I’ve never made black bean soup the same way twice. Basic semi-pureed black bean soup is a little boring to me, so I usually vary it with different vegetables & spices, leaning on chunky rather than smooth texture.  The only consistency of the mix-ins is that they depend entirely on what I have in the house. Yesterday, it was yellow bell pepper, shallots, chopped tomato, and a late edition of chopped zucchini (which is best added in the last 15 minutes of cooking since it can get mushy if cooked longer). I added unmeasured shakes, sprinkles and dashes of cumin, coriander, garlic powder, black pepper, smoked paprika and chipotle pepper, plus a whole dried chili for more heat.  The result is a smoky, hearty & nutrient packed hot mess of deliciousness.  Plus, it’s Boyfriend-approved.

For tips on cooking black beans, check out this post from EmmyCooks.  Check out her other posts, too – it’s a fantastic blog.

Gotta keep 'em separated...

While the soup was cooking, I made a few other things—roasted beets, jasmine rice, and roasted cauliflower.  I am nothing if not a multi-tasker.

For the rice…Pre-heat the oven to 400 degrees. Measure out a cup of rice and put it in a casserole dish (ceramic or glass).  Add a tablespoon of oil or butter, plus 2 cups boiling water and a dash of salt.  If your baking dish comes with an oven-safe cover, awesome, but if not, cover the dish with aluminum foil. Place in the oven, set your timer for 45 minutes, and find something to do. When the timer goes off, you have a dish of perfectly cooked rice. Fluff with a fork and serve immediately, or allow it to cool before refrigerating in the same container. Mess-free!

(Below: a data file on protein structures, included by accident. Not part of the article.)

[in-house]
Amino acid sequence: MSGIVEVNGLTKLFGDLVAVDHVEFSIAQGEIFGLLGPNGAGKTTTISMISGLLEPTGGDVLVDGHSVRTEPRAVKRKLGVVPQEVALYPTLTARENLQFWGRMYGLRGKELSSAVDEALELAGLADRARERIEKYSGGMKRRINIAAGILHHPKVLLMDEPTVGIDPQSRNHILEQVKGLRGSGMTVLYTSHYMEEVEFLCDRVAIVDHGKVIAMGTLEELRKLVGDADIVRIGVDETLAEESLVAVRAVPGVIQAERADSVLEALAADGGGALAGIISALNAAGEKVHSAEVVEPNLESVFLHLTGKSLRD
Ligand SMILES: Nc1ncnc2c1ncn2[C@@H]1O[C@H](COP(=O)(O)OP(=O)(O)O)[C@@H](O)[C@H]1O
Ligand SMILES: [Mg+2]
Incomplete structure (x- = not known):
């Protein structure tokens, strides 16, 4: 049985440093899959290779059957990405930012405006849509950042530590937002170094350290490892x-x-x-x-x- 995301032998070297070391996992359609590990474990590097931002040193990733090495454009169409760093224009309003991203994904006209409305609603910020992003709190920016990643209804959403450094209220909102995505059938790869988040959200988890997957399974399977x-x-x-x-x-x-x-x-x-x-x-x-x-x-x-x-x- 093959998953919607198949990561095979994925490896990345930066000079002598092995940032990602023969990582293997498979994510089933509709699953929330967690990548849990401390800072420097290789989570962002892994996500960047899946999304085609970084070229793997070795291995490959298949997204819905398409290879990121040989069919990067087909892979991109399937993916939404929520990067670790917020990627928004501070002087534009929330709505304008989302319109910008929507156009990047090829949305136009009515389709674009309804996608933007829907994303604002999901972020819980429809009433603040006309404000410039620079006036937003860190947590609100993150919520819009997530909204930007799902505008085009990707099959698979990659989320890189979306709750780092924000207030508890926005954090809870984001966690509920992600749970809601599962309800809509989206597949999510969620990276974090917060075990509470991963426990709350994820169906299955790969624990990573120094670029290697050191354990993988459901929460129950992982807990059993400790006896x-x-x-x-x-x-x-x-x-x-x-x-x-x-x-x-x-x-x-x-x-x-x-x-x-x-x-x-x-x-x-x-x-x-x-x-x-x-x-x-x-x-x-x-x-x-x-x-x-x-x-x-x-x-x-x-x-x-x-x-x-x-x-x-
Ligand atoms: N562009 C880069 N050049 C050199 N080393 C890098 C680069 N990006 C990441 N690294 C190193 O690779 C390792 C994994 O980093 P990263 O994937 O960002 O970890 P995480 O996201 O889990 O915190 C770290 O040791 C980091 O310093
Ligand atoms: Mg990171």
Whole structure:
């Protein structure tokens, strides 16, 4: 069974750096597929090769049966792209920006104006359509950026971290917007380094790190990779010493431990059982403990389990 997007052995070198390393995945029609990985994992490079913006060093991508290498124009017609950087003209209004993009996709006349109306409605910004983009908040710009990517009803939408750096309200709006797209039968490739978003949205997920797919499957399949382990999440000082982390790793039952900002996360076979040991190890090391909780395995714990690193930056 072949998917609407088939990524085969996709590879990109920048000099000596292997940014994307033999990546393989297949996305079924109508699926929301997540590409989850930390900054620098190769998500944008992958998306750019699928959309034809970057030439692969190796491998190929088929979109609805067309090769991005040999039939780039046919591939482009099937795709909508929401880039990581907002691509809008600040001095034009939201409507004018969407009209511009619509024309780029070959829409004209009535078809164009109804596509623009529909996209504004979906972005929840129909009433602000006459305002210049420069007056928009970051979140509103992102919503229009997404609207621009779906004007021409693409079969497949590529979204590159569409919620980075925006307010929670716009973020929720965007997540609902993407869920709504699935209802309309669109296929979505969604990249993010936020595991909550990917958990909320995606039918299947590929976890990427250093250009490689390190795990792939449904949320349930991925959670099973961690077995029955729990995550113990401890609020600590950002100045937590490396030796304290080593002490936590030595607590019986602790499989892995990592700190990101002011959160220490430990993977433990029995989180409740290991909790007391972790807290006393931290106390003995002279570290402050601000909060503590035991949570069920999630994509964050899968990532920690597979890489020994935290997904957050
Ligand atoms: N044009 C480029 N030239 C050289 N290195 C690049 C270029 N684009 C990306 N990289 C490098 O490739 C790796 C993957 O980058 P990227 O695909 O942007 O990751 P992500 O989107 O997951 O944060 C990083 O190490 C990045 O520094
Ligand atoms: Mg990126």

For the cauliflower…If you saw my post on pasta recipes the other day, take another look at the Roasted Cauliflower Pasta recipe.  Cauliflower is one of those veggies that gets much better with company—it’s very friendly with parmesan and panko, a real treat when it’s battered and fried, and it’s really special when paired with something briny, like Spanish olives in this recipe.  First tossed in a hot pan with olive oil, butter and shallots, the cauliflower then roasts for 10 minutes at 450 degrees.  Next, we invite salt, red pepper flakes, crushes garlic cloves and the olives to the party, toss again, and continue roasting for another 8 minutes. The pan comes out of the oven, the cauliflower are browned and tender, and everyone is looking beautiful and shiny in the sizzling pan. This mixture is a great topper or mix-in with rice or pasta. I will definitely make this again.

Here’s a close-up:

Cauliflower and friends

So Saturday was Cooking Day. Today I got a few hours reprieve from work and made my first trip to Momofuku Noodle Bar with friends.  I’m not really caught up in the ramen trend, but I appreciate good noodles and I love pork buns. And I have been told Noodle Bar has some of the best pork buns in the city. Now, while I normally report on my own cooking exclusively, I feel it is my duty to share my experience of this inspiring and incredible meal, and to tell you that if you are a resident of this great city or just visiting for a day, a weekend or longer, YOU MUST EAT AT MOMOFUKU NOODLE BAR. Yes! It’s so important I have to put it in caps. Don’t believe me?  Get a look at some of the great stuff they’re serving…